Kobe, Japan, August 1999, Shinkobe Oriental Hotel
Kobe, Japan, 8.1999, Shinkobe Oriental Hotel

A ROOM WITH A VIEW: SELECTING SUBJECTS BY CHANCE

 

Over about a 10-year period in the 1990s I did a lot of traveling, which involved periodic waiting around in hotels before and after meetings. I decided that on every trip I would execute a watercolor painting of the view through my hotel window regardless of the merits of the scene. I did not cheat by asking for a room with a view or changing rooms to obtain a better one, so a fair percentage of sketches were of parking lots, light wells and rooftop equipment. Sometimes it was not possible, so the record of a number of trips is missing. The sketches typically took about 30-45 minutes. The pictures shown here are chosen from about 80 available scenes. I have selected those that I think are most successful, but the viewer will see that many of the subjects are not those that would normally be chosen.

 

This method of choice results in a wide range and scale of subjects and also provides a random sample of the contemporary urban scene, not as conventionally seen by the pedestrian or from the air, but from 4 to 30 stories above the street.

 

The captions provide the location, the date, the hotel in which I was staying and occasionally an explanatory comment.

 

 

Denver, CO, December 1993, Embassy Suites: Akasaka, Tokyo, March 1995, Capitol Tokyu Hotel

 

 

Washington, DC, June 1994 (left) and July 1994 (right; views of the same building)

 

 

Anchorage, AK, November 1996, Sheraton Hotel: Washington, DC, May 1995, Hotel Lombardy

 

 

Icon: San Francisco, May 1995, Holiday Inn: Unknown: Shantou, China, May 1999, Golden Gulf

 

 

Chicago IL, July 1994: Sparks, NV, August 1997, Nugget Hotel

 

 

Ann Arbor, MI, November 1998, Holiday Inn, N. Campus: Guam, September 2000, Westin Hotel (the ocean colors are real)

 

 

Denver, CO, March 1996, Embassy Suites: Tokyo, July 1997, Yaesu Fujiya Hotel

 

 

Washington, DC, Lombardy Hotel, June 1995 (left) a fragment and August 1998 (right), 2000 Pennsylvania Avenue

  

 

Chicago, IL, July 1994, Marriott Hotel: Waseda, Tokyo, December 1997, Hotel Rihya

 

 

San Diego, CA, June 1996, Clarion Hotel: New York, NY, May 2000, Butler Hall, Columbia University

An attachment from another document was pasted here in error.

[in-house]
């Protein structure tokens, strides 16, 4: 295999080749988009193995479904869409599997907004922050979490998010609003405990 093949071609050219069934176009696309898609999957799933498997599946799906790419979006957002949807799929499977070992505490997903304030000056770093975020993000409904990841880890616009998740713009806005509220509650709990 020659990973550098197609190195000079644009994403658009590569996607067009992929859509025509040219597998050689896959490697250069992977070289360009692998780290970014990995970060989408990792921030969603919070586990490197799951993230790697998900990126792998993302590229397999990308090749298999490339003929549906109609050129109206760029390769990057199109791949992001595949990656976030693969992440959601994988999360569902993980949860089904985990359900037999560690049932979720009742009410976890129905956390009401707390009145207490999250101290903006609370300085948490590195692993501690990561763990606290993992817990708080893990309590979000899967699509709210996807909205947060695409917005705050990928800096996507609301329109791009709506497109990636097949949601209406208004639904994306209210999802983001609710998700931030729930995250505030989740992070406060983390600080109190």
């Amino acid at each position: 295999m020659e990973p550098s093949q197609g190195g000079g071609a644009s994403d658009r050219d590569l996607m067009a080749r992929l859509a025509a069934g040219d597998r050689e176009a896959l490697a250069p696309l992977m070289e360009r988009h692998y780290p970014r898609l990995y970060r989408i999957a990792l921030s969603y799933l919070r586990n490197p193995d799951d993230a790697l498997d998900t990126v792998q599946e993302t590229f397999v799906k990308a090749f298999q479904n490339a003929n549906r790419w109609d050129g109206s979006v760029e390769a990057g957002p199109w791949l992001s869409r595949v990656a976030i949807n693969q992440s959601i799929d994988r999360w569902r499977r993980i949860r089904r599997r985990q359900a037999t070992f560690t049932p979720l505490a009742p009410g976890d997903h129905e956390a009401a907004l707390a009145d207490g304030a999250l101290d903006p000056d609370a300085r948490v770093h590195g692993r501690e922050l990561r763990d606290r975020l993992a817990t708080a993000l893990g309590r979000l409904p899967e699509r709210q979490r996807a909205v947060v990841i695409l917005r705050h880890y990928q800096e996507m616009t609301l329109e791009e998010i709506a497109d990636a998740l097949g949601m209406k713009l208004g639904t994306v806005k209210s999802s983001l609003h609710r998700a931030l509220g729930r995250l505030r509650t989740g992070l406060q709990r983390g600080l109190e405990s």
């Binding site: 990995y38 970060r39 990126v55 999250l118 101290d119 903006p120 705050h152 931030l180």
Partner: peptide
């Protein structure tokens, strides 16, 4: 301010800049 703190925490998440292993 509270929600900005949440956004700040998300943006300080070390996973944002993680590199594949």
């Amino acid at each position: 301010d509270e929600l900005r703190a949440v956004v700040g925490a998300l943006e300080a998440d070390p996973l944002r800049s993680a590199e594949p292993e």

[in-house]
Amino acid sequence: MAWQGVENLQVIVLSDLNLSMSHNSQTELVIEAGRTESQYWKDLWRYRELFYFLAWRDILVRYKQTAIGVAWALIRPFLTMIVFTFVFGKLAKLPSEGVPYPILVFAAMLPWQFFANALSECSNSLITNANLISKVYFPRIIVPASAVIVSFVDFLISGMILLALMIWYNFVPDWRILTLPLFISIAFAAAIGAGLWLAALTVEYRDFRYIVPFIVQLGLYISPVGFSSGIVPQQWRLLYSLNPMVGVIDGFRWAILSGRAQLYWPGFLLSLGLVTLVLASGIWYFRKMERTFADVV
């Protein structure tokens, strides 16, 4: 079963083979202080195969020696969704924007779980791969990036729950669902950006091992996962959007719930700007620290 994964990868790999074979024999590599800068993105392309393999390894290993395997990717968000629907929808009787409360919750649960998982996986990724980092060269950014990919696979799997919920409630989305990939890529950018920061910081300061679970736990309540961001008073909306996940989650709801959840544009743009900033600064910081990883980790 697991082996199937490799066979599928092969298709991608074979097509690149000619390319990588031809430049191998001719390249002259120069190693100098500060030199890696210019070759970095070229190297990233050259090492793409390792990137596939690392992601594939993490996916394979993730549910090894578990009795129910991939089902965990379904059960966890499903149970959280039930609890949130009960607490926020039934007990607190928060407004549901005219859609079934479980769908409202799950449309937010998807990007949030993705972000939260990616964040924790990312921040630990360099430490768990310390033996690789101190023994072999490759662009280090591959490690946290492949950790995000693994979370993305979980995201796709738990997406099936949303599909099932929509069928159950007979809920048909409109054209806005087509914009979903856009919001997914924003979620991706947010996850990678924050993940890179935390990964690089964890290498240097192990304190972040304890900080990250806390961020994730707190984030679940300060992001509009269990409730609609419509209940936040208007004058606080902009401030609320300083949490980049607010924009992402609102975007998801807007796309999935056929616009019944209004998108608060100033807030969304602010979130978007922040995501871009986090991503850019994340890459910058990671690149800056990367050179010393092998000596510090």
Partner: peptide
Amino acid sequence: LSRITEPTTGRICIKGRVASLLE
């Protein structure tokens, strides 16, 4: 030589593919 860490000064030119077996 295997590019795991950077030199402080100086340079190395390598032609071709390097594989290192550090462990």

Vancouver, BC, July 1997, Blue Horizon Hotel: Acapulco, Mexico, June 1996, Acapulco Plaza Hotel

 

 

This panorama of Kobe was executed as three separate paintings on successive days in January 2000, at the Portopia Hotel, on the occasion of the 5th anniversary memorial service for victims of the January 17, 1995 earthquake.

 

On January 17, 1995, the Japanese city of Kobe and its surrounding region was hit by a massive earthquake. A major port city, with a population of 1.5 million, Kobe suffered over 4000 deaths, the collapse of 200,000 buildings, and the destruction of 150 quays in the port and fires that raged throughout the city. The total damage amounted to $100 billion, 2.5 % of Japanese GDP at the time.   

 

Kobe City is sited on a narrow strip of land between the ocean and a mountain range, so the city had to construct artificial islands in order to expand. The first, Port Island 1 is complete. Port Island 2 was under construction at the time of these visits. Port Island 3 was beginning construction and is now completed. It is the site of Kobe Airport.

 

 

Port Island 2 from the Portopia Hotael showing construction progress from December 1997 to January 1999.

 

 

Comments

  1. Congratulations Chris. You’ve done it again! I have collected your Christmas/New Years greetings cards over many years now, for which I thank you. The subjects of this batch of watercolours have a very original slant – things many of us may see but never study or record. I recall suggesting (more than once) that you write a historical record of the achievements of BSD, but we all write while very few of us can paint watercolour sketches like you have consistently done. I am reminded of the watercolours of a fellow British architect, Sir Hugh Casson, with which I became acquainted when I was in college, but your work breaks with convention, and in so doing places you in a unique genre of watercolour artists. Thanks for the trip.

    > Reply
  2. Chris:

    Your work is amazing!!!

    > Reply
  3. Hi Chris – great work! I lived in Kobe Japan from 1992 to 1999 and I love your artwork. I would like to know if you sale your work and if so how might I go about purchasing a large print of the city view titled “Kobe, Japan, 8.1999, Shinkobe Oriental Hotel”?

    Hope to hear from you soon!

    Best & Happy New Year!

    > Reply

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